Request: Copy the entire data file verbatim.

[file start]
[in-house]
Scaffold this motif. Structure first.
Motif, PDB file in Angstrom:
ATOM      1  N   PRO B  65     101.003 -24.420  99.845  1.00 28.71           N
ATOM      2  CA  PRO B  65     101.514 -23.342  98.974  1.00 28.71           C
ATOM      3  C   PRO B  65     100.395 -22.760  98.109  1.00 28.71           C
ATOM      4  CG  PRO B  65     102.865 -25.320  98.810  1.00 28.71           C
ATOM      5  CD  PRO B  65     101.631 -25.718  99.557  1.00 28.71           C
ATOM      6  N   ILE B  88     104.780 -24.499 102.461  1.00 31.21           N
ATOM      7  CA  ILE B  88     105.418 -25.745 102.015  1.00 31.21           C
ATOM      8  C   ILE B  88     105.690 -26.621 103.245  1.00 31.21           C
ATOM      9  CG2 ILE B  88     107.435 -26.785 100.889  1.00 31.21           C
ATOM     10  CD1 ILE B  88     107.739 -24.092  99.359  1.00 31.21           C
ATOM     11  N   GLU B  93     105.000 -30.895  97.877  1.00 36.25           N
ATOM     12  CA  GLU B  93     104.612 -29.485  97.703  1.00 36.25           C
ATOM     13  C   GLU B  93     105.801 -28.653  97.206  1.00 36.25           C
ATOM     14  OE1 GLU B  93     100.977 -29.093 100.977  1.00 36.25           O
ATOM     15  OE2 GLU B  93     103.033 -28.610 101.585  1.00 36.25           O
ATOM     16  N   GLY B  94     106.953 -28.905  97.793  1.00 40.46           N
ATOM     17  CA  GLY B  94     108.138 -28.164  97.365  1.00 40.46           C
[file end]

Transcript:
[in-house]
Scaffold this motif. Structure first.
Motif, PDB file in Angstrom:
ATOM      1  N   PRO B  65     101.003 -24.420  99.845  1.00 28.71           N
ATOM      2  CA  PRO B  65     101.514 -23.342  98.974  1.00 28.71           C
ATOM      3  C   PRO B  65     100.395 -22.760  98.109  1.00 28.71           C
ATOM      4  CG  PRO B  65     102.865 -25.320  98.810  1.00 28.71           C
ATOM      5  CD  PRO B  65     101.631 -25.718  99.557  1.00 28.71           C
ATOM      6  N   ILE B  88     104.780 -24.499 102.461  1.00 31.21           N
ATOM      7  CA  ILE B  88     105.418 -25.745 102.015  1.00 31.21           C
ATOM      8  C   ILE B  88     105.690 -26.621 103.245  1.00 31.21           C
ATOM      9  CG2 ILE B  88     107.435 -26.785 100.889  1.00 31.21           C
ATOM     10  CD1 ILE B  88     107.739 -24.092  99.359  1.00 31.21           C
ATOM     11  N   GLU B  93     105.000 -30.895  97.877  1.00 36.25           N
ATOM     12  CA  GLU B  93     104.612 -29.485  97.703  1.00 36.25           C
ATOM     13  C   GLU B  93     105.801 -28.653  97.206  1.00 36.25           C
ATOM     14  OE1 GLU B  93     100.977 -29.093 100.977  1.00 36.25           O
ATOM     15  OE2 GLU B  93     103.033 -28.610 101.585  1.00 36.25           O
ATOM     16  N   GLY B  94     106.953 -28.905  97.793  1.00 40.46           N
ATOM     17  CA  GLY B  94     108.138 -28.164  97.365  1.00 40.46           C